Established in 2001, the Festival in the Desert has seen its success grow each year, exceeding all expectations for attendance, international recognition and its socio-economic impact on the Sahara desert region, including the region of Timbuktu in Mali, where it takes place every January. The success of this event is driven by Manny Ansar, the Director of the Festival in the Desert and an originator of the project. He says happily, “This festival has transformed my life.” This is a story of a gathering both diverse and singular – the largest the desert has ever known.
I must have been approximately six years old when one day we had pitched our tents in the desert
near the village of Gargando, west of the city of Timbuktu, heading towards Mauritania. As I stood outside our nomadic encampment on a high spot, I was puzzled as I watched something move through the camp. The image I saw was of a group of men arriving on the backs of proud-faced camels, walking in caravans or galloping. The men of our camp welcomed the guests and led them to the reception tents a few metres away from the houses. The women got busy – some organizing things inside the tents, others striking their tambourines to announce the event being prepared and to send a call to the neighboring camps.
The sky was blue and orange, crossing in an arc, forming a gradient of an infinity of colours only the desert lets one see. The solar spectrum shot out through the empty air of the desert plain. The shepherds and their animals returned to the camp under the gaze of the travelers who rested in front of the tents that had been oriented towards the sunset. Migratory birds in the sky sang in their choked voices the music of great spaces, a melody announcing prophecies. Listening to their concert of grief, I came down from my dune and made a wish to fly away with them one day.
Arriving at the camp, I asked my mother, “What are all these people doing here? Is it the feast of Ramadan once again? My mother smiled, “No! These travellers stop by all the camps. They are going to Temakanit for a festival that celebrates the reunion of all the nomads. She spoke a lot about this event, its importance and its interest for the desert and its inhabitants. These people were not making the trip alone. The people from my camp would also join them in a long caravan, whose pattern evokes the Yemeni Kingdom of Sheba, homeland of the majority of the Tuareg tribes. Thus, camp upon camp, the camel riders would lead everyone to their final destination, a central point known to all in advance. There they will meet other nomads who came from the four corners of the desert to celebrate the great feast of the Temakanit.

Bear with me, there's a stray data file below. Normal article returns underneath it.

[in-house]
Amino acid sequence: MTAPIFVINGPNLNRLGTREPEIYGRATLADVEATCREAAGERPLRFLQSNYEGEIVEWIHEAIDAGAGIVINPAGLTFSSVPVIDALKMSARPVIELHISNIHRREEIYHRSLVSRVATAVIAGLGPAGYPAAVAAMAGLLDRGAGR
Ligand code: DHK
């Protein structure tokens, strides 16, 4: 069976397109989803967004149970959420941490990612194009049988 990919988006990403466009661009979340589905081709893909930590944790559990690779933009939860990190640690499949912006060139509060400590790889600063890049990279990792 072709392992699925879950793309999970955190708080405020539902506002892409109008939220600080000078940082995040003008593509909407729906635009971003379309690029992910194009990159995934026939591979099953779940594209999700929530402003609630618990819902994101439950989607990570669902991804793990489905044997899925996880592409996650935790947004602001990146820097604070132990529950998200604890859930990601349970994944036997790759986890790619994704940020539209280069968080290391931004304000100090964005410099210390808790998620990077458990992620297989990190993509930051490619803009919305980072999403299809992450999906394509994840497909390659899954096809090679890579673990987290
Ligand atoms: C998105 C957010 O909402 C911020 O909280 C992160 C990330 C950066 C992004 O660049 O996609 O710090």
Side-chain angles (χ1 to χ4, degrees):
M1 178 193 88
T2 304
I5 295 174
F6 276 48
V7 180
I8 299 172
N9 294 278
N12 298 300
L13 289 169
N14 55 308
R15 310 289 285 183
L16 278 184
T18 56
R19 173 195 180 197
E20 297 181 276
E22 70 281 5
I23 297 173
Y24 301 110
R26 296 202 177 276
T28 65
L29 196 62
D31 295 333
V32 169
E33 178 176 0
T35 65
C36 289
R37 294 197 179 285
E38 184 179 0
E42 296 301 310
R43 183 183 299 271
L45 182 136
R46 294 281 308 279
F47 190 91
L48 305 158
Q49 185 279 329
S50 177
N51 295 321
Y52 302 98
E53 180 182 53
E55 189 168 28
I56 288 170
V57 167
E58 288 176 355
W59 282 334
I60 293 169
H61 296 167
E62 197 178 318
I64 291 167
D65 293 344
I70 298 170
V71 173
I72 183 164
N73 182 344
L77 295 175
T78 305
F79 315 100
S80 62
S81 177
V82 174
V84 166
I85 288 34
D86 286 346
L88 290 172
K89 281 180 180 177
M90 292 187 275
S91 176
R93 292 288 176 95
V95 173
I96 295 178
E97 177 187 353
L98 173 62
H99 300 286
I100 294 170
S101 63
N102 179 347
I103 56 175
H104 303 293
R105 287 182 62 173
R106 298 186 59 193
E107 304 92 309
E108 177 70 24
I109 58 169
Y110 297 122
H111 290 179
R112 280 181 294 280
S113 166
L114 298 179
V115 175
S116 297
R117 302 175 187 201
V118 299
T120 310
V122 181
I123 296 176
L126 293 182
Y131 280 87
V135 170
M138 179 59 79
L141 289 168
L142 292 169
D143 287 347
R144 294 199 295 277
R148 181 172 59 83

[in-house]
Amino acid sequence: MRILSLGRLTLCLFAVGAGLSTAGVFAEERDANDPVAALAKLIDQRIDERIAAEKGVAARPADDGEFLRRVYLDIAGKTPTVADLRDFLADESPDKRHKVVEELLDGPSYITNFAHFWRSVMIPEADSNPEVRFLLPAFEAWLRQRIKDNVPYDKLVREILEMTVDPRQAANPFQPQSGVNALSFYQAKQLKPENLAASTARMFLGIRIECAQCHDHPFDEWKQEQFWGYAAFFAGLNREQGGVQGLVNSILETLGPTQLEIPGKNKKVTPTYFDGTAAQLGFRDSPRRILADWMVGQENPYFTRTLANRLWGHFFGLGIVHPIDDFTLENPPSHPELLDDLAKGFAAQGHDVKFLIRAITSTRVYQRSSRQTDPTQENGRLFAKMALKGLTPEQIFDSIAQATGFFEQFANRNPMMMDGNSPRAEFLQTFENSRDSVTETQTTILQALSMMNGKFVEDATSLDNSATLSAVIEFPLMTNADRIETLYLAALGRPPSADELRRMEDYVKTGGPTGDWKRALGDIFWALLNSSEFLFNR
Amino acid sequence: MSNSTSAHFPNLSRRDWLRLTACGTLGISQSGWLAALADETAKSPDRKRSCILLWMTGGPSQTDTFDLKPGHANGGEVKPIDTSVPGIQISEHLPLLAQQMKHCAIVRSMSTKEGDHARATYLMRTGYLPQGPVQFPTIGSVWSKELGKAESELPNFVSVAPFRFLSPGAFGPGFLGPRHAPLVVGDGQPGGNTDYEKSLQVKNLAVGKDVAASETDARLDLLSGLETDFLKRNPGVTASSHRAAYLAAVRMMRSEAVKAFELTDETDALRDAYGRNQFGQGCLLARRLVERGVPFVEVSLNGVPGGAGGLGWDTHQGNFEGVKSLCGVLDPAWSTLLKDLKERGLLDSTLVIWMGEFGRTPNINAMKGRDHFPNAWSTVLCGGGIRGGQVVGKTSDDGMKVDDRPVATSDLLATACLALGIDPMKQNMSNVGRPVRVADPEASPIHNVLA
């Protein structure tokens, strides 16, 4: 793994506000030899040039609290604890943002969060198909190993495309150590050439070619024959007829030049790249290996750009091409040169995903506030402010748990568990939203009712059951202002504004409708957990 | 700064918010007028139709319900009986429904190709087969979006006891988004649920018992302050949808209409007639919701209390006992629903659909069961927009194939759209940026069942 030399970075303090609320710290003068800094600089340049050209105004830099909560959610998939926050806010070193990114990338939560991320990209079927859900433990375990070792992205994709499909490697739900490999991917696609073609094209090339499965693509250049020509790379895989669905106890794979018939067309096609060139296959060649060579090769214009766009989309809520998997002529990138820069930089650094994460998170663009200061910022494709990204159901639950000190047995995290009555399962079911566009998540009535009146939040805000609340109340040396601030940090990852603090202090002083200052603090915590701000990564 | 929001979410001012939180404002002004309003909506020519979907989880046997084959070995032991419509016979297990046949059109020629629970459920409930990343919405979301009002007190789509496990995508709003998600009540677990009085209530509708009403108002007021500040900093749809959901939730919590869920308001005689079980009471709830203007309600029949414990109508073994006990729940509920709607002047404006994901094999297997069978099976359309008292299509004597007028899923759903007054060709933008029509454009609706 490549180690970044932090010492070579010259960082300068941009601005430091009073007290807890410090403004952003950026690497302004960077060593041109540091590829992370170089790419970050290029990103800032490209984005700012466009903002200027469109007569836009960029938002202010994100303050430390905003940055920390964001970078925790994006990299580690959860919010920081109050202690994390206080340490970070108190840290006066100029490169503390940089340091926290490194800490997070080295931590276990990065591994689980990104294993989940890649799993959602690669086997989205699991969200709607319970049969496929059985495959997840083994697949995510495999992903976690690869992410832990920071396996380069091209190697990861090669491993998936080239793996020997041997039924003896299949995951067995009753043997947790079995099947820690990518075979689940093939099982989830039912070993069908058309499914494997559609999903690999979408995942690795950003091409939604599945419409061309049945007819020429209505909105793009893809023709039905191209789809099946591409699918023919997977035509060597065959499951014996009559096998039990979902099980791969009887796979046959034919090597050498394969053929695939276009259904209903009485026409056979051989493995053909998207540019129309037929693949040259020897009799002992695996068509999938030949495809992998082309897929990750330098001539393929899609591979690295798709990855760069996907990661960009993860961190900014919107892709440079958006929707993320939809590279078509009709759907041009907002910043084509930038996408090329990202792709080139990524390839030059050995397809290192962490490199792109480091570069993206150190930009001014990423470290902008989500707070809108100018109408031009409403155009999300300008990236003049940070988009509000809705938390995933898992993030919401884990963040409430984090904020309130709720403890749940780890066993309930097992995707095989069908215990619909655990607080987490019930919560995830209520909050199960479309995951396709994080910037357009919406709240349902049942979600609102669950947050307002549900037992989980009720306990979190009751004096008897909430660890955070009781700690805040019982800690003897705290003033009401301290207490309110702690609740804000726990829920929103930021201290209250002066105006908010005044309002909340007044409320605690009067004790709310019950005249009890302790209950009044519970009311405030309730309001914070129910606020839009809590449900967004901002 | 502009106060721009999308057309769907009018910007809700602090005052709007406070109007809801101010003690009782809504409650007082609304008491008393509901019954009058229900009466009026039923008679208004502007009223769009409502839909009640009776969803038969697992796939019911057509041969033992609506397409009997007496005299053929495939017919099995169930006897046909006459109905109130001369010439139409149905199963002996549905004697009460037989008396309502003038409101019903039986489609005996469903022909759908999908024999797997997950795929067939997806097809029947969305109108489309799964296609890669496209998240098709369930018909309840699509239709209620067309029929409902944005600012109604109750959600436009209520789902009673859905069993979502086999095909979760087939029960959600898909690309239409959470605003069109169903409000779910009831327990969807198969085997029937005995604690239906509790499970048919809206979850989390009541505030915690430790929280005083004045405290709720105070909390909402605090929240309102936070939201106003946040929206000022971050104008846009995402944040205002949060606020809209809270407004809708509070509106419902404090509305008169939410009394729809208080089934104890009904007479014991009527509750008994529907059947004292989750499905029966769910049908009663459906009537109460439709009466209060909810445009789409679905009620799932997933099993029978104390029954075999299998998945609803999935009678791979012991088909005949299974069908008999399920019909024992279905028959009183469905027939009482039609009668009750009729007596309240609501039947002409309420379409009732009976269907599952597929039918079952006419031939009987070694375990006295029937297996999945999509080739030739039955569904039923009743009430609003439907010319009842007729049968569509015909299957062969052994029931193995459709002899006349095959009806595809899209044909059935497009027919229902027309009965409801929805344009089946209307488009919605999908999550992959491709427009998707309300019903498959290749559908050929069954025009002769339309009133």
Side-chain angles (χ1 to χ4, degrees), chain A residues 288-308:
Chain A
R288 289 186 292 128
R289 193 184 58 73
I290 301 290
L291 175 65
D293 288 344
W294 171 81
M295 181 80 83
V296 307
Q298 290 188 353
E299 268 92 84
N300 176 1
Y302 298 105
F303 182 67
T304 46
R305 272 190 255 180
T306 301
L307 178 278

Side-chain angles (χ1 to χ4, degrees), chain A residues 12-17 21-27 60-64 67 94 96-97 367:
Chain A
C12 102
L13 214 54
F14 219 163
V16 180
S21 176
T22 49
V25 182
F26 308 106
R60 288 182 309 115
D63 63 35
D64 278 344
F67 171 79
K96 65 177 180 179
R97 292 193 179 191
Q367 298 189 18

Internationalization: Dynamics of Evolution and of Opening
The Festival in the Desert, in its current form is an international musical gathering and was established in 2001. But it has existed since time immemorial. Somehow, this event has always existed, under different guises according to the times (but in harmony with those times) while remaining faithful to its traditional roots.
The January 2010 edition marked ten years of existence of what is today one of the largest gatherings of diversity in the world. That gigantic unprecedented meeting took place in Timbuktu, gateway to Sahara. The festival extended over three days with the rhythms of the camel parades, the music and songs of the Tuareg’s traditional repertoire, and also with concerts of international and national artists in front of a crowd of 10,000 people.
Nomads and sedentary people, foreigners coming from the four corners of the world, officials, journalists, the festival-goers – the diversity reflected accurately the heterogeneity of today’s world.
What does one discover coming here? The desert’s immensity, of course. But in particular the singularity of a culture and civilization in harmony with this aridity for whom the desert has served as a “bulwark” for centuries. In the words of a French writer, farmer and environmentalist Pierre Rabhi, the standardization of lifestyles that leads to a single model is contrary to the spirit of openness.